Wednesday, June 10, 2009

Atlanta - creative, extroverted, agreeable, conscientious and a tough place for a girl to find a boy to date?

The newest city in the United States is the City of Dunwoody, GA; a close in suburb of Atlanta that is already going though a Comprehensive Land Use Plan to figure out what type of city we want to be just 30 years from now. Today I found an excerpt from the book, The Rise of the Creative Class by Richard Florida which made me question what Dunwoody can do in our 30 year plan to attract the kind of people that will help us grow and compete in the Atlanta economy by attracting young, bright talent that will want to not only work but also live in the City of Dunwoody? It appears the Mr. Florida has the answer of what Dunwoody needs to provide and on the surface it looks as if we are headed in the right direction with the city's aesthetics, values, leadership, basic services and we are working on improving economic opportunities.

After reviewing his website, I discovered that his new box, "Who's your City" has classified the Atlanta region (Char-Lanta) the eighth largest economic mega region in the world with the highest concentration of residents aged 25 and 34 in the United States thereby predicting great things for the region if we can just attract and maintain those in the creative class that the author sees as so desirable.

Mr. Florida also mentions that personality types are not spread evenly across the country, instead they cluster around like minded individuals and on his website he has described Char-lanta as being creative, extroverted, agreeable, conscientious and a tough place for a girl to find a boy to date?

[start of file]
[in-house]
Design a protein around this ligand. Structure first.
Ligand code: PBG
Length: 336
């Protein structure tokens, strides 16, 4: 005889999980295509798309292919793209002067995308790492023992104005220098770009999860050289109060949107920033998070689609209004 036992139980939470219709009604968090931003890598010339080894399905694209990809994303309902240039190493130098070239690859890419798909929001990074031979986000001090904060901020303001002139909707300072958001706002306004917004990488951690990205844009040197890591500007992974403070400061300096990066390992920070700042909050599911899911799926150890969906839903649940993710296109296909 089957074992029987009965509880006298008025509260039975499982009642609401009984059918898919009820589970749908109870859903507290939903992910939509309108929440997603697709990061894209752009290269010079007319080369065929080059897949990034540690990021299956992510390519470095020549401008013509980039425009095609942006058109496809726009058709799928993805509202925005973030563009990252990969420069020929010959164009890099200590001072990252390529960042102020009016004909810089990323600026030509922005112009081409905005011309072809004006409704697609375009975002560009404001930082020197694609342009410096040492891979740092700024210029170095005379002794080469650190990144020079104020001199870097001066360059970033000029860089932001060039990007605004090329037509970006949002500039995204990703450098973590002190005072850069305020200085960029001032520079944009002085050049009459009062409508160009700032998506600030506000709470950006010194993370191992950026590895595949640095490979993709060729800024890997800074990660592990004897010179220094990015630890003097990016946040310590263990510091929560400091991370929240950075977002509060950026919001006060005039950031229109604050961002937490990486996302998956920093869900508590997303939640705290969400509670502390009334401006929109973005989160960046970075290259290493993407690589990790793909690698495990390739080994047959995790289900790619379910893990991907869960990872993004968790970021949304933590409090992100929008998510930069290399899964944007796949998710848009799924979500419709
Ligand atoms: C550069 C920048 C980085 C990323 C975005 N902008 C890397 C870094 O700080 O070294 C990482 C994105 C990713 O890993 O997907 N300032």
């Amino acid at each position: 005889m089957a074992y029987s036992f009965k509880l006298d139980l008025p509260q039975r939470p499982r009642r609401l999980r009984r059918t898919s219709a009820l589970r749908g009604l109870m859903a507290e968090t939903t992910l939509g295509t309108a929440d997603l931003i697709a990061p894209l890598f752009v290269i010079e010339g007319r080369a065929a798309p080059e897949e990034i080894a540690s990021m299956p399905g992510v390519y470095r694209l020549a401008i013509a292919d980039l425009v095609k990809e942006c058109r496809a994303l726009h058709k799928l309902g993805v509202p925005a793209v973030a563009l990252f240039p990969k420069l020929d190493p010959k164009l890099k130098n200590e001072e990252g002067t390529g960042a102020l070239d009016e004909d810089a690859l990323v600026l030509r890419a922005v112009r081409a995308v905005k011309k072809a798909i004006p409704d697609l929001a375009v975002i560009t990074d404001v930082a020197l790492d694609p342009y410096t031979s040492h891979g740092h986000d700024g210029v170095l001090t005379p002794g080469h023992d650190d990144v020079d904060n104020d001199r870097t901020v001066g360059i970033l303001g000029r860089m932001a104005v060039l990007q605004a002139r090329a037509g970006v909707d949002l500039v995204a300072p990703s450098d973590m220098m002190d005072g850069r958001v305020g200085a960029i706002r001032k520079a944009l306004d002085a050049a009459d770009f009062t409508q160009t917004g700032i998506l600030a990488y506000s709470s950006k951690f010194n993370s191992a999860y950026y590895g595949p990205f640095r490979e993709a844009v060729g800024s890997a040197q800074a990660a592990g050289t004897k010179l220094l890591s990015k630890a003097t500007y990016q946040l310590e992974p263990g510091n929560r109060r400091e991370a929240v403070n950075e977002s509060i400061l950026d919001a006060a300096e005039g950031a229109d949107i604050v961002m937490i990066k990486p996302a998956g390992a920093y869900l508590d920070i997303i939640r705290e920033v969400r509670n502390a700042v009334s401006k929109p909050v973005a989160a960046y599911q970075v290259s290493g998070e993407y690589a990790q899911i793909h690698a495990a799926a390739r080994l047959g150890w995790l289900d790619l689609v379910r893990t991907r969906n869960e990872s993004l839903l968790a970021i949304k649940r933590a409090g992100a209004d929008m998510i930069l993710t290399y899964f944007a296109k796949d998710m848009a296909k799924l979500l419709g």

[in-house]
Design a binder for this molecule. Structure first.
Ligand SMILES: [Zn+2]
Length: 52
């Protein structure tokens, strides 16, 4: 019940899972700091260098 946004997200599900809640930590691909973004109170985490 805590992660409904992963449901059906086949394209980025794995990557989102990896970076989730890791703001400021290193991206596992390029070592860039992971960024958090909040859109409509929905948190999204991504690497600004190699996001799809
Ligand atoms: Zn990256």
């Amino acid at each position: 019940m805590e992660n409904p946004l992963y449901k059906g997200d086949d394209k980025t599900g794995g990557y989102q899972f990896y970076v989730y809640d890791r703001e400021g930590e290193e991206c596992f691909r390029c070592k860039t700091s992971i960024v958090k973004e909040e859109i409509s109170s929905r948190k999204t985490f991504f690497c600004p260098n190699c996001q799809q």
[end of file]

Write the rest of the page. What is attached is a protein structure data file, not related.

I am not completely sold on Mr. Florida's theories but I like what he says enough to actually go out and read the books.



Pattie Baker said...

For our city to embrace the creative class would require a mind-set change to allow additional freedoms of expression and reductions of barriers to diverse viewpoints and actions. The alternative, of course, is the possibility of stagnation and the long-term inability to maximize human assets and financial potential, so this is a conversation definitely worth having as part of our "vision for the future."

A middle ground might be the encouragement of green businesses and major corporations that are increasingly committed to triple-bottom-line sustainability. By making a concerted effort to welcome and provide incentives for these types of businesses, we attract innovators and will increasingly involve the younger generation. Additionally, by creating a bikeable, walkable community with places for public gathering, community gardens, other eco-savvy features, we encourage economic and social sustainability as well.

The City of Atlanta is already a hotbed for green entrepreneurs. As these smart, highly-educated go-getters look for places with good schools and nice homes to raise their families, we have the opportunity to position Dunwoody as a choice that is not disjointed from their values. This would be a win-win for them and our city’s future.

Mark said...

I can't speak much to the substance of his ideas, though I have added his book to my list to be read.

His pyramid seems reasonable and I can vouch for his map showing Atlanta Metro has a difficult place for women who are dating. After my wife's death, I started dating without any clear idea of what might attract women to me. I learned that the number of eligible, worthwhile women far outnumbered the men so the women I met often dated men who were not very nice, polite, and often seemed as if they were doing the women a favor by even showing up for a meeting. Despite having found a very nice woman who now resides with me, I remain in touch with many of the women friends I made via dating. I still hear the same tales of awfulness, and have witnessed some when out and watching/listening to couples I observe near us.